Actor and advocate Alec Baldwin said "exposure to ambient levels of radiation near nuclear reactors used by public utilities has long been suspected as a significant contributor to various cancers and other diseases." Baldwin, who has a long-standing interest in radiation health issues, adds "nuclear power is not the clean, efficient energy panacea to which we are presently being reintroduced. It is dirty, poses serious security threats to our country, and is ridiculously expensive. Nukes are still a military technology forced on the American public with a dressed up civilian application."

Study authors were epidemiologist Joseph Mangano MPH MBA, Director of the Radiation and Public Health Project, and toxicologist Janette Sherman MD of the Environmental Institute at Western Michigan University. They analyzed leukemia deaths in children age 0-19 in the 67 counties near 51 nuclear power plants that started operations during the period 1957-1981 (the same counties in the NCI study). About 25 million people live in these 67 counties, and the 51 plants represent nearly half of all U.S. nuclear reactors).

Using mortality statistics from the U.S. Centers for Disease Control and Prevention, Mangano and Sherman found that in 1985-2004, the change in local child leukemia mortality (vs. the U.S.) compared to the earliest years of reactor operations were:

** An increase of 13.9% near nuclear plants started 1957-1970 (oldest plants)

** An increase of 9.4% near nuclear plants started 1971-1981 (newer plants)

** A decrease of 5.5% near nuclear plants started 1957-1981 and later shut down

The 13.9% rise near the older plants suggests a potential effect of greater radioactive contamination near aging reactors, while the 5.5% decline near closed reactors suggests a link between less contamination and lower leukemia rates. The large number of child leukemia deaths in the study (1292) makes many of the results statistically significant.

The Mangano/Sherman report follows a 2007 meta-analysis also published in the European Journal of Cancer Care by researchers from the Medical University of South Carolina. That report reviewed 17 medical journal articles on child leukemia rates near reactors, and found that all 17 detected elevated rates. A January 2008 European Journal of Cancer article that found high rates of child leukemia near German reactors from 1980-2003 is believed to be the largest study on the topic (1592 leukemia cases).

The carcinogenic effects of radiation exposure are most severe among infants and children. Leukemia is the type of childhood cancer most closely associated with exposures to toxic agents such as radiation, and has been most frequently studied by scientists. In the U.S., during the period 1975-2005, leukemia incidence among children younger than 15 rose 54.6% (from 3.3 per 100,000 to 5.1 per 100,000), according to the National Cancer Institute,[1] suggesting that more detailed studies of causes are warranted.


The Radiation and Public Health Project is a non profit group of health professionals and scientists based in New York that studies health risks from radioactive exposures to nuclear reactors and weapons tests. RPHP members have published 23 medical journal articles on the topic.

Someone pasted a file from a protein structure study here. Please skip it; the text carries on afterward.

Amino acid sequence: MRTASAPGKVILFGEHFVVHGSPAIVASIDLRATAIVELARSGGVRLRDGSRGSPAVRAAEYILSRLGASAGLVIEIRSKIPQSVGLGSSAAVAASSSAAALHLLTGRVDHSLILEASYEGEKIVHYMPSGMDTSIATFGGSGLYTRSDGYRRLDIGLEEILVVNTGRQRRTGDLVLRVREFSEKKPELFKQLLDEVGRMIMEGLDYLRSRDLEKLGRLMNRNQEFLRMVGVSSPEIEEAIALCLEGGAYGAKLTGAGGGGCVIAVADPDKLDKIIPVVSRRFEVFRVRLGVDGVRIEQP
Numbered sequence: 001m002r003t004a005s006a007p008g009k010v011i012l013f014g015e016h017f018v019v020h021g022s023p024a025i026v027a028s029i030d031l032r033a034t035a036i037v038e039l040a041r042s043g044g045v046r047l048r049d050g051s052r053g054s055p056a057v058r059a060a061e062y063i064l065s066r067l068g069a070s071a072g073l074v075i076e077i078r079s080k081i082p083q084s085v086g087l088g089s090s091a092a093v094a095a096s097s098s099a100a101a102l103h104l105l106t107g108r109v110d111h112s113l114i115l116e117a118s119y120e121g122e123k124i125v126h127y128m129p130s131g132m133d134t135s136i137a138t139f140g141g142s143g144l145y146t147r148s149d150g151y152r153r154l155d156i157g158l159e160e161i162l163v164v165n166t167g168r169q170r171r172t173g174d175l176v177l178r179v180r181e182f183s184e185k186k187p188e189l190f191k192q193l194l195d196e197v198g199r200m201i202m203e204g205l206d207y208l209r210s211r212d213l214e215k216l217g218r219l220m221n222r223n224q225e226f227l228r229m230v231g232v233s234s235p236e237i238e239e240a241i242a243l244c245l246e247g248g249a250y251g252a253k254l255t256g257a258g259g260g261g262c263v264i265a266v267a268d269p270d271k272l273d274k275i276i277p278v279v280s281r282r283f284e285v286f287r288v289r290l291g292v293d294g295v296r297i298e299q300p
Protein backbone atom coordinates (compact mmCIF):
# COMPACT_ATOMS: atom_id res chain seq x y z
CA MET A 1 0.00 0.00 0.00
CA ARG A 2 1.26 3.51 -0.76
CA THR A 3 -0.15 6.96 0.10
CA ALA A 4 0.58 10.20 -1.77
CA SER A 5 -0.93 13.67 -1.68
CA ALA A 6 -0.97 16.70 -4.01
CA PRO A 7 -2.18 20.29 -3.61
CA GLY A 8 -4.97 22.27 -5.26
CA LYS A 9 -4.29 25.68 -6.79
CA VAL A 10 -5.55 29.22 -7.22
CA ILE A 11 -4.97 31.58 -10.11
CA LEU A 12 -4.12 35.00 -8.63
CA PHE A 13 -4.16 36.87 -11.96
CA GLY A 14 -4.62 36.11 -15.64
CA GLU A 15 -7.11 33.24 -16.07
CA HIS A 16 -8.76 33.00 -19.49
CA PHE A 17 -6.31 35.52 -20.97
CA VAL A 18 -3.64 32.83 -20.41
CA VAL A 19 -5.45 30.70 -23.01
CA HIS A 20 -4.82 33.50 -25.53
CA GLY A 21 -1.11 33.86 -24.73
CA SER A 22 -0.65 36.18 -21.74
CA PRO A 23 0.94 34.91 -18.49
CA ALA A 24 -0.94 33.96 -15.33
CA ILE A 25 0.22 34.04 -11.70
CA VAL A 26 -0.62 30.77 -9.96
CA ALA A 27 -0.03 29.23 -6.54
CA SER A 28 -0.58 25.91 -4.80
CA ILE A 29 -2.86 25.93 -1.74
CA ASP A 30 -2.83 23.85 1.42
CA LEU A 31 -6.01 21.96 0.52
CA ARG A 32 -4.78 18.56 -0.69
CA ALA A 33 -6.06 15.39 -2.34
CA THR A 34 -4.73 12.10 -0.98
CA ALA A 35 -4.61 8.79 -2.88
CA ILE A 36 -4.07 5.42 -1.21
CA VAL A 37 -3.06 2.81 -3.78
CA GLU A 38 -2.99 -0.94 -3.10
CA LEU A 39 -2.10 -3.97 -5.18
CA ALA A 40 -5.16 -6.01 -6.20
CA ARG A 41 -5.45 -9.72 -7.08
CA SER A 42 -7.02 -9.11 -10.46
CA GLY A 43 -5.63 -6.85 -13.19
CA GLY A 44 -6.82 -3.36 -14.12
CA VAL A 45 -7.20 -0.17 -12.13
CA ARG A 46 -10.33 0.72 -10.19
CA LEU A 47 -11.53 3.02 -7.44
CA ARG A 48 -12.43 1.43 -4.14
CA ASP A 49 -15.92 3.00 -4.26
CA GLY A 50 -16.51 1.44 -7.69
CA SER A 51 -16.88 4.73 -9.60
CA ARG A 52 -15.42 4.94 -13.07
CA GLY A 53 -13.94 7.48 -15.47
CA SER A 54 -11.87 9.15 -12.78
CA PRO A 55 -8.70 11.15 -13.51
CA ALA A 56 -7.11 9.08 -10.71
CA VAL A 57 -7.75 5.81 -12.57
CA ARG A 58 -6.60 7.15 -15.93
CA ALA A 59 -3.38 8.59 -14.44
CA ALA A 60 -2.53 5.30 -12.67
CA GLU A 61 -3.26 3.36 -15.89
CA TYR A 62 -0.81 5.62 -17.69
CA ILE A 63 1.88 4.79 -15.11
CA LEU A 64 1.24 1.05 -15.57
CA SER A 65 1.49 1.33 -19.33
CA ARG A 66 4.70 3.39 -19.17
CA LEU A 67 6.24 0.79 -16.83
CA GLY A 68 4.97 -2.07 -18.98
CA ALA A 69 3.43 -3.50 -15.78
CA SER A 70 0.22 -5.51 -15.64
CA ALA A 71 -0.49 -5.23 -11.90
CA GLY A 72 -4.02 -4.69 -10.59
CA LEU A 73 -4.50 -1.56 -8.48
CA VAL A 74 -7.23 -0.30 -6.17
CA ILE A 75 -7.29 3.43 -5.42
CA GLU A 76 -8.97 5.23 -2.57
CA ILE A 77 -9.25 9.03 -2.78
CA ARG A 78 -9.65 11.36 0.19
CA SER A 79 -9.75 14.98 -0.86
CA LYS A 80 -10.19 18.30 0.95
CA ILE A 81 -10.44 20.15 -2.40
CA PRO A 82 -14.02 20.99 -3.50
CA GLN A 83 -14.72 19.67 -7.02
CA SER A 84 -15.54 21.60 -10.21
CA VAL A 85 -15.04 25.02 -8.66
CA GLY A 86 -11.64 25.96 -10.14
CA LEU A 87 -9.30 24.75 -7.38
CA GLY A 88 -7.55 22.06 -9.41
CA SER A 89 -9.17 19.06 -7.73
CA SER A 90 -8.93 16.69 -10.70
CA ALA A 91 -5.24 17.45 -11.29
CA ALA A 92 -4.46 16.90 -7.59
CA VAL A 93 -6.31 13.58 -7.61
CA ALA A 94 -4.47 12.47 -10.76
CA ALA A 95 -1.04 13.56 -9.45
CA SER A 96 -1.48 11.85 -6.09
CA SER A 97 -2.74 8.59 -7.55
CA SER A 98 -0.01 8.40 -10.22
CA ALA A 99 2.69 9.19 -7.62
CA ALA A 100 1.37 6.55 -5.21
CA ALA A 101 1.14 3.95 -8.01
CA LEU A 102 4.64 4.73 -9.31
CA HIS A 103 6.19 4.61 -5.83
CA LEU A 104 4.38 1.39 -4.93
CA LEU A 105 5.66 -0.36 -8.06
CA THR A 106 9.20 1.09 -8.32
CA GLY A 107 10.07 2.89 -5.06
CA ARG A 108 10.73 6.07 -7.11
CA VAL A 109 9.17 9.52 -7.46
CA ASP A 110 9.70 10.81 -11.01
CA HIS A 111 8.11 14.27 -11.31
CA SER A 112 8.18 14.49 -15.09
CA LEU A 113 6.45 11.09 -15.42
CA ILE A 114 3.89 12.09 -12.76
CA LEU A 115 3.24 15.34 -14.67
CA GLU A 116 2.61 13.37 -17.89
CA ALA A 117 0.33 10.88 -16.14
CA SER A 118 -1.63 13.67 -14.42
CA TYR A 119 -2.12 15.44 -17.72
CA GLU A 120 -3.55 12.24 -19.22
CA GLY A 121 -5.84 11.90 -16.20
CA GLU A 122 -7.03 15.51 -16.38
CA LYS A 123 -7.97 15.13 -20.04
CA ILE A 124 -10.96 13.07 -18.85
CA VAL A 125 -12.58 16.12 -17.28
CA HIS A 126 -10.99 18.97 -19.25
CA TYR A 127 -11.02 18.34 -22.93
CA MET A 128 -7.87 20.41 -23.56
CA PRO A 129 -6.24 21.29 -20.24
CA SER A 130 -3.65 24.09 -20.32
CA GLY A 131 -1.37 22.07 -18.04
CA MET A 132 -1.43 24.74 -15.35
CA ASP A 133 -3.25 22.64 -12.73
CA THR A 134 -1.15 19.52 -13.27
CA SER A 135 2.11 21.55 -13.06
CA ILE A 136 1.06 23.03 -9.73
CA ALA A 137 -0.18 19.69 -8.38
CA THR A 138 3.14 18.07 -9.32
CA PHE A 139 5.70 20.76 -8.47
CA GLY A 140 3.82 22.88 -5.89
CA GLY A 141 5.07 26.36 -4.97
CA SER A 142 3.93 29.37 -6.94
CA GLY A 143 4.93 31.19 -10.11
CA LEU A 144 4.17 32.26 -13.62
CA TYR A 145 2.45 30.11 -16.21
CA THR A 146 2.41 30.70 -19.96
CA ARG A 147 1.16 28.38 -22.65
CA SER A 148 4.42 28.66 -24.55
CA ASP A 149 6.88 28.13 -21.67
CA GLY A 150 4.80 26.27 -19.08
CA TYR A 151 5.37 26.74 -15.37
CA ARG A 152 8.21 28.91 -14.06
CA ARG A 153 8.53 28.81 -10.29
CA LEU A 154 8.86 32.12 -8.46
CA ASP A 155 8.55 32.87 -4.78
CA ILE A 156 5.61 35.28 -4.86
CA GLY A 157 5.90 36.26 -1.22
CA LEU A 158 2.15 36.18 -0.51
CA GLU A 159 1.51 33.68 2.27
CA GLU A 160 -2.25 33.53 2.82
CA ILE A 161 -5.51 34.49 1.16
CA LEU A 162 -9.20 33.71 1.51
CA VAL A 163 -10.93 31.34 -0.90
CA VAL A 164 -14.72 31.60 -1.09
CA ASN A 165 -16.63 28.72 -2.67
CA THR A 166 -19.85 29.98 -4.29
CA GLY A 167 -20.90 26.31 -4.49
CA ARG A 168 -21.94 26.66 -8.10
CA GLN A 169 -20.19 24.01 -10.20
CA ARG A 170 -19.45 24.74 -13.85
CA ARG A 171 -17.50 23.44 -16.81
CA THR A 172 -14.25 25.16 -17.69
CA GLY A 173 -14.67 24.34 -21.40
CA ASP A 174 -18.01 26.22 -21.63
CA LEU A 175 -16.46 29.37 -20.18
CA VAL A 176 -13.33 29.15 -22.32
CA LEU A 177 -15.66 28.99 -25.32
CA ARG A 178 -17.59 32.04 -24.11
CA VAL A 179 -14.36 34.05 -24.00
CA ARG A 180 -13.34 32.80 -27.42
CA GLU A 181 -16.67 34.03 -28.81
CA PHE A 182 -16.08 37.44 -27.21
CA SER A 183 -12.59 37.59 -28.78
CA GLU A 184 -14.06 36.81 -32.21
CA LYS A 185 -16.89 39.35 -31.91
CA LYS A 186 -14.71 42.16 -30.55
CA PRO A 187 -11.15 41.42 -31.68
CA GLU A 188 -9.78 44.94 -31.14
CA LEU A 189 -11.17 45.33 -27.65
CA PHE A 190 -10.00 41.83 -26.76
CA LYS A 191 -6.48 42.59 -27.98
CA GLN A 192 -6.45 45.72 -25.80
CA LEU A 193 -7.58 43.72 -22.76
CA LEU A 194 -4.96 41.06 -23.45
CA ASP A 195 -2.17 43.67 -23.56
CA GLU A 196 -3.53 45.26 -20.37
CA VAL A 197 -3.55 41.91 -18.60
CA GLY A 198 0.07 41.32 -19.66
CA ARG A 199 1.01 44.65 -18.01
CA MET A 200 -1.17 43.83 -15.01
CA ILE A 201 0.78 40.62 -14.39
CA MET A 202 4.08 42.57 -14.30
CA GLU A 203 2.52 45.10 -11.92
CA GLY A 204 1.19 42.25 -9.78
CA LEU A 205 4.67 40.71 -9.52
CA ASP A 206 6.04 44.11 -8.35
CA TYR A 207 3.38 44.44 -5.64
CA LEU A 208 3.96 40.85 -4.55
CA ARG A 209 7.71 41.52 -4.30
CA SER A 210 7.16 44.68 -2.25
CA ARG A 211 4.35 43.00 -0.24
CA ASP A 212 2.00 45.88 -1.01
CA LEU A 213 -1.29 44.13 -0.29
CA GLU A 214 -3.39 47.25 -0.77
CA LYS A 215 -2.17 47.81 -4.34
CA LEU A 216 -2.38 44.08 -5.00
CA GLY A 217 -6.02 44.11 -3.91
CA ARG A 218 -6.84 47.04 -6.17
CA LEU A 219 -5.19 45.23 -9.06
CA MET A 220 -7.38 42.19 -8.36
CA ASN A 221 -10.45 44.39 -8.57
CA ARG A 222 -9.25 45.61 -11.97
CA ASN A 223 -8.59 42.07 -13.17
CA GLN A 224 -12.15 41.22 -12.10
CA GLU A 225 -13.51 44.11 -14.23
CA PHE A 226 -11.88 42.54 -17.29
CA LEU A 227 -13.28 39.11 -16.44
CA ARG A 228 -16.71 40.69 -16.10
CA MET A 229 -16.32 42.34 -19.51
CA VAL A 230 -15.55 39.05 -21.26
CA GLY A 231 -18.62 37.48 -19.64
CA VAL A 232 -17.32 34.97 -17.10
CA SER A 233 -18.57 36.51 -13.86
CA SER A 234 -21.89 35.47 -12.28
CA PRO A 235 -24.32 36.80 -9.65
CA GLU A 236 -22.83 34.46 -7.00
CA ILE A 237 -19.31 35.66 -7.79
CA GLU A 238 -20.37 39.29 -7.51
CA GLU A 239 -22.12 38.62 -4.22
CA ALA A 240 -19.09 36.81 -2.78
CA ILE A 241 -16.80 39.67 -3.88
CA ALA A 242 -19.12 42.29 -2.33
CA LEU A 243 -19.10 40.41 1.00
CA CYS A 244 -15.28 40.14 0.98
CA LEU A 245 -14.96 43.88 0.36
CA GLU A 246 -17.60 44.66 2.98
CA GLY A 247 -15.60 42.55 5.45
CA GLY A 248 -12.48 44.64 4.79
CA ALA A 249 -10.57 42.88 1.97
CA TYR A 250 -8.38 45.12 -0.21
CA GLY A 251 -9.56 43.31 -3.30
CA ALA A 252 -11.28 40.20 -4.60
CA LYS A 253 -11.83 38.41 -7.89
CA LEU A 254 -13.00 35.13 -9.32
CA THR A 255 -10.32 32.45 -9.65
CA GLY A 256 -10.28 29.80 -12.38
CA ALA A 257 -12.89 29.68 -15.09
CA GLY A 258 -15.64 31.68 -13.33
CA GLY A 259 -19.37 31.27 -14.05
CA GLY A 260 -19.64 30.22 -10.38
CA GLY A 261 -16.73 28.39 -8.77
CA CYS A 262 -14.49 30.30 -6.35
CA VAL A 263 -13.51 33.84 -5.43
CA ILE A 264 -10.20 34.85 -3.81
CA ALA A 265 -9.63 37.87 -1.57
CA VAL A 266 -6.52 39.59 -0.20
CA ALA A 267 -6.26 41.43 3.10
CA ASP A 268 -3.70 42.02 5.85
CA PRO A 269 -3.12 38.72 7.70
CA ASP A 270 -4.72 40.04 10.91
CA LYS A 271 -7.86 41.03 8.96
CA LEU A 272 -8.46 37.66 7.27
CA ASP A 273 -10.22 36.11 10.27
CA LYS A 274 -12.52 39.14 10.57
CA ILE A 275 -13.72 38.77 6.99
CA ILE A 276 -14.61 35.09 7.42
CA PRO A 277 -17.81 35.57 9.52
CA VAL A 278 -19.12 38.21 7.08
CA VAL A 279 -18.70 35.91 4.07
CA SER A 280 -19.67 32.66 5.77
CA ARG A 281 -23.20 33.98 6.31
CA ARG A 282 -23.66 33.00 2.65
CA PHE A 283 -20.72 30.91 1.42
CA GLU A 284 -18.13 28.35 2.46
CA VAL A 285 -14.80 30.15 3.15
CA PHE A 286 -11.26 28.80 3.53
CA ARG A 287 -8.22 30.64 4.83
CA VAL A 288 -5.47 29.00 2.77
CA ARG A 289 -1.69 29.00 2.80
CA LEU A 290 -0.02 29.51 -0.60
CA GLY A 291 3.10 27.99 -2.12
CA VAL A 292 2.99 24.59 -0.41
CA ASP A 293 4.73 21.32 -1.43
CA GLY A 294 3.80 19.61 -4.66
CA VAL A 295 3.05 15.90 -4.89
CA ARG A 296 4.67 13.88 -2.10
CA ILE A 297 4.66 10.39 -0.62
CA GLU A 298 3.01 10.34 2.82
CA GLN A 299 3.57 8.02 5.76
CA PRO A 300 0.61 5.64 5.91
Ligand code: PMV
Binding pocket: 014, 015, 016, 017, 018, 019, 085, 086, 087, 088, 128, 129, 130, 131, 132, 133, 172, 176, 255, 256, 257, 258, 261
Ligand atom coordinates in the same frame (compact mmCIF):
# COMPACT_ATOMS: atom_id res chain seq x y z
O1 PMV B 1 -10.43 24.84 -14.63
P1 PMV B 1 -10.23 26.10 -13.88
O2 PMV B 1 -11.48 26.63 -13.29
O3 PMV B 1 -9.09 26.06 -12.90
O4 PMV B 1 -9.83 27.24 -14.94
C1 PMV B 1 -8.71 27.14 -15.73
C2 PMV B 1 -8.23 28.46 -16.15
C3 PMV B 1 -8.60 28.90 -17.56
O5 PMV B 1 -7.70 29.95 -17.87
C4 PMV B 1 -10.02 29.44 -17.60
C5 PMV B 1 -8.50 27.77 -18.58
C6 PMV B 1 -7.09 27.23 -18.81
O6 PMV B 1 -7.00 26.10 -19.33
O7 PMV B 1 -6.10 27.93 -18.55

End Notes

[1] National Cancer Institute, Cancer Statistics Review 1975-2005, Table XXVIII-2.


From: New York Times .....................................[This story printer-friendly]
December 10, 2008


[Rachel's introduction: A new report projects that the number of adults 40 and older with diabetic retinopathy -- the leading cause of blindness among working-age adults -- will reach 16 million in 2050, up from 5.5 million in 2005.]

By Roni Caryn Rabin

The number of Americans who could lose their vision to diabetes- related eye diseases is going to skyrocket over the next four decades, with elderly Hispanics and blacks hit hardest because of higher rates of Type 2 diabetes, according to a new study from the Centers for Disease Control and Prevention.

The report projects that the number of adults 40 and older with diabetic retinopathy -- the leading cause of blindness among working- age adults -- will reach 16 million in 2050, up from 5.5 million in 2005.

An advanced form of the disease will affect 3.4 million people in 2050, almost triple the 1.2 million affected in 2005. The report was published on Tuesday in The Archives of Opthalmology.

"These are alarming numbers," said Dr. Jinan B. Saaddine, an epidemiologist at the disease centers and an author of the study. "This calls for more awareness and more action, not just to do something about the condition before it develops but to do more to prevent diabetes to start with."

"All of this could be prevented by preventing diabetes in the first place," she added. "That's the big picture."

Diabetics are more susceptible to developing cataracts and glaucoma as well, and the study estimates that the number of diabetics with glaucoma will quadruple to 1.4 million, while the number with cataracts will more than triple to 10 million.

Older Hispanics and black Americans will be disproportionately affected, according to the report. Glaucoma cases will increase almost 12-fold among Hispanic diabetics 65 and older, and the number of cataract cases will increase more than 7-fold among black diabetics 75 and older.

People with diabetic retinopathy usually do not have symptoms until they actually start to lose vision. As a result, many skip the recommended annual eye exams.

And though treatments are available, they are most effective early in the course of the illness, said Dr. Lloyd Aiello, director of the Beetham Eye Institute at the Joslin Diabetes Center in Boston.

Dr. Aiello said the figures were sobering but not surprising.

"We're in the middle of a worldwide diabetes epidemic that is just taking off," he said. "The economic impact is huge, even if you just look at the cost to the federal government of disability and reduced productivity."

"Many of these," he added, "are working people."

Copyright 2008 The New York Times